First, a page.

Farmland Loss Threatens Food Supply

Land Use - Farmland Loss Threatens Food Supply

Matt Wilde
By  Matthew Wilde , Progressive Farmer Crops Editor
This field, at the corner of 36th Street and North Ankeny Boulevard, in Ankeny, Iowa, is slated for development. It will soon be filled with businesses and houses. (Progressive Farmer image by Matthew Putney)

The world will lose about 250 million crop-production acres by 2050, according to estimates from the Food and Agriculture Organization of the United Nations.

The possibility of losing the equivalent of roughly two-thirds of the cultivated land in the United States is alarming, says Jerry Hatfield, director of the U.S. Department of Agriculture's National Laboratory for Agriculture and the Environment, in Ames, Iowa. But, he believes it can be prevented.

Hatfield says urbanization and soil degradation from excessive tillage and other farming practices are largely to blame for lost farm and ranchlands.

If society doesn't do a better job making land-use decisions and taking care of the soil, he is afraid hunger and food insecurity will be much more prevalent in 30 years, when the world's population is expected to top 9 billion.

"To improve the stability of agriculture production going forward, we will have to improve and protect our soils," Hatfield continues.

The American Farmland Trust (AFT), a nonprofit organization committed to the protection of farmland, recently released "Farms Under Threat: The State of the States." The multiyear study identifies farm and ranchland acres lost to development and ways to protect it.

From 2001 to 2016, 11 million acres of agricultural land were paved over, converted or fragmented, according to the study. Roughly 4.4 million acres were classified as "nationally significant," or the best land for food and crop production.

"The threat to farmland is real," says John Piotti, AFT president and CEO. "The report is about getting farming right before it's too late."

Hatfield recommends all cities build up and not out, and develop land less suitable for agriculture.

Extending crop rotations, adopting no-till or conservation tillage, and planting cover crops to improve soil health are just a few proven ways farmers and landowners can help, he asserts.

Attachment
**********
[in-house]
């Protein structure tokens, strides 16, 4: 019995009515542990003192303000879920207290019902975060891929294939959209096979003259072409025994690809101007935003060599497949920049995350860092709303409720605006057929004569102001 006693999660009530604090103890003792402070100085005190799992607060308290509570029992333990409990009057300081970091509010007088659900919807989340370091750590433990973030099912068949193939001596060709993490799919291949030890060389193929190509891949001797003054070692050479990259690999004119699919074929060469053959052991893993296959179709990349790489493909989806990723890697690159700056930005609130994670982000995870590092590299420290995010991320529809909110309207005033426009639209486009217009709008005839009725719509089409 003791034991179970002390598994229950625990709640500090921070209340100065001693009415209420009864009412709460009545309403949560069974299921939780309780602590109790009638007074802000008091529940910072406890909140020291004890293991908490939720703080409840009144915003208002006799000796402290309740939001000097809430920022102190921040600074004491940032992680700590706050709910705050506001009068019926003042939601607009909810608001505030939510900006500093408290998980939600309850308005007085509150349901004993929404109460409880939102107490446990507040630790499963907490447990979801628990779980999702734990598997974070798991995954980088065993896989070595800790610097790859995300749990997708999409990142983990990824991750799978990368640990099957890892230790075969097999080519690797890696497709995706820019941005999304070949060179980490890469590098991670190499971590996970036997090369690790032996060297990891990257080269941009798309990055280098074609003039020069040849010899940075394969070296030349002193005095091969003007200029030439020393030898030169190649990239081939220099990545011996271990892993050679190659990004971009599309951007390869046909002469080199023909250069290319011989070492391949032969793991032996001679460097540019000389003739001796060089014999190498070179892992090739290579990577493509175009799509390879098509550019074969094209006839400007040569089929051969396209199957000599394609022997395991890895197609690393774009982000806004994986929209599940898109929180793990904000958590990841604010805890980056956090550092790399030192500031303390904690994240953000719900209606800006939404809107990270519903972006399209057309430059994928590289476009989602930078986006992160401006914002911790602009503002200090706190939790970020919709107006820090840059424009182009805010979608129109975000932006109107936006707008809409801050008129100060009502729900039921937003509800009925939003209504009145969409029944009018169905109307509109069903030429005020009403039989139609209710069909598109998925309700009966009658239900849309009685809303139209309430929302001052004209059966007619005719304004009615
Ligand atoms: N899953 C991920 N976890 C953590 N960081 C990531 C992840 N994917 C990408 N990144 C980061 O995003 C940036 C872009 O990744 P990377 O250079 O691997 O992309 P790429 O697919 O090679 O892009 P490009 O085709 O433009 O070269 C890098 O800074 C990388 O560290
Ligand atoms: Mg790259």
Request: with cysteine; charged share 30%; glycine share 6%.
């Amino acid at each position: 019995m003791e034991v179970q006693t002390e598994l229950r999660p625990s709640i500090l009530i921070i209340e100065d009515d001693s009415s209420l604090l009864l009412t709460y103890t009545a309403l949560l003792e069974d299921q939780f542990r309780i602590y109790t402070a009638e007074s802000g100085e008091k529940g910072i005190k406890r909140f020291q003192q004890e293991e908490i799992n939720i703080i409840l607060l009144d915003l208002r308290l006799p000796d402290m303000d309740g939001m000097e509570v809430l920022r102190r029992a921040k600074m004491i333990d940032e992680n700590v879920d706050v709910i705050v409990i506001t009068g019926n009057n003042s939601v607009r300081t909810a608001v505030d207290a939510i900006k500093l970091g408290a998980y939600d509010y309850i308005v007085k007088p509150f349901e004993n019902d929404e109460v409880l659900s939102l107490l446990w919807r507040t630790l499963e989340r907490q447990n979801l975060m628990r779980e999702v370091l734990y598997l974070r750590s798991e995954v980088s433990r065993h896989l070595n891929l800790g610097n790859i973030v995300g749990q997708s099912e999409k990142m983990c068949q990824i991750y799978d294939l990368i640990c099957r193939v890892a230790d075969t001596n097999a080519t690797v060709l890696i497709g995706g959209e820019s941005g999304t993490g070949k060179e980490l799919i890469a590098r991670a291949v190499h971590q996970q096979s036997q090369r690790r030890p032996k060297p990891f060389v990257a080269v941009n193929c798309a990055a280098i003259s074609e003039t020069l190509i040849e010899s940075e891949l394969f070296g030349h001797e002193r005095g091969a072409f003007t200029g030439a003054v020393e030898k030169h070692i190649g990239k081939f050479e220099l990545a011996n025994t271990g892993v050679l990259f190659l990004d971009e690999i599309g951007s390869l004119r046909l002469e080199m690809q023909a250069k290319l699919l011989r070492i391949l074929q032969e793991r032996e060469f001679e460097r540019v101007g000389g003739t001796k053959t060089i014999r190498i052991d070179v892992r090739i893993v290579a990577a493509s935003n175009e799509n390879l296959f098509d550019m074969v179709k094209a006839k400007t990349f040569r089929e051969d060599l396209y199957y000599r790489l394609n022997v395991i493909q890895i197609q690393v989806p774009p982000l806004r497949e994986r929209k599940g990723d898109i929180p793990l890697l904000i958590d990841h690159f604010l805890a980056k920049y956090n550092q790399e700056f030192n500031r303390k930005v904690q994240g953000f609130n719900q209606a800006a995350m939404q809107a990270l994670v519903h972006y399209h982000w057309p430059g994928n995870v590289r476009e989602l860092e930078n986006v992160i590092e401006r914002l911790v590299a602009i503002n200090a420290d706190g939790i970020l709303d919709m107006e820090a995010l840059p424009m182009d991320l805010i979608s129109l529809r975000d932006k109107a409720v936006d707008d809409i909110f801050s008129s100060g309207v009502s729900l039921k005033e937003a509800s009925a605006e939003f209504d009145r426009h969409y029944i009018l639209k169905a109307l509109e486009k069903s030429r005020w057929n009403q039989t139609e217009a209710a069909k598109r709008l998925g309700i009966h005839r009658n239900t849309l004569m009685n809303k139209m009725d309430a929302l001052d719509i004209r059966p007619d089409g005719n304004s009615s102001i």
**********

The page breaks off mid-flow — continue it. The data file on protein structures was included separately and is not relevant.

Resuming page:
"If all these things work together, we can preserve highly productive agricultural land," Hatfield adds.


Fred Yoder, a farmer from Plain City, Ohio, is also co-chair of Solutions from the Land, a national farm advocacy group. The organization is at the forefront of resolving food system, energy, environmental and climate challenges facing agriculture.

Yoder farms 1,800 acres about 20 miles west of Columbus, the rapidly growing state capital of Ohio. Instead of revitalizing areas of the city that need it, he says developers push outward into farm country.

The mayor of Plain City, which is near Columbus, has asked Yoder multiple times to voluntarily annex 400 acres he owns on the east and west side of town to make it easier to develop. He's refused so far.

"I said I make my living here, and I want to farm," Yoder recalls, understanding that may change if a financial offer for his land is made someday that's too good to refuse. "We're losing land right and left to urban encroachment. We need to stop, pause and look ahead."

AFT recently announced what leaders describe as a "bold, new goal" to protect farmland and deter urban sprawl, primarily from low-density development.

The group will act to double permanently protected farmland by 2040 and reduce the rate of conversion by half by 2030 and by 75% by 2040. It's establishing the National Agricultural Land Network, a nationwide network of land trusts and government entities focused on protecting agricultural lands, to help meet the goals.

"AFT is taking action, but we can't do it alone," Piotti says. "We [all] need to take action."

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Matt Wilde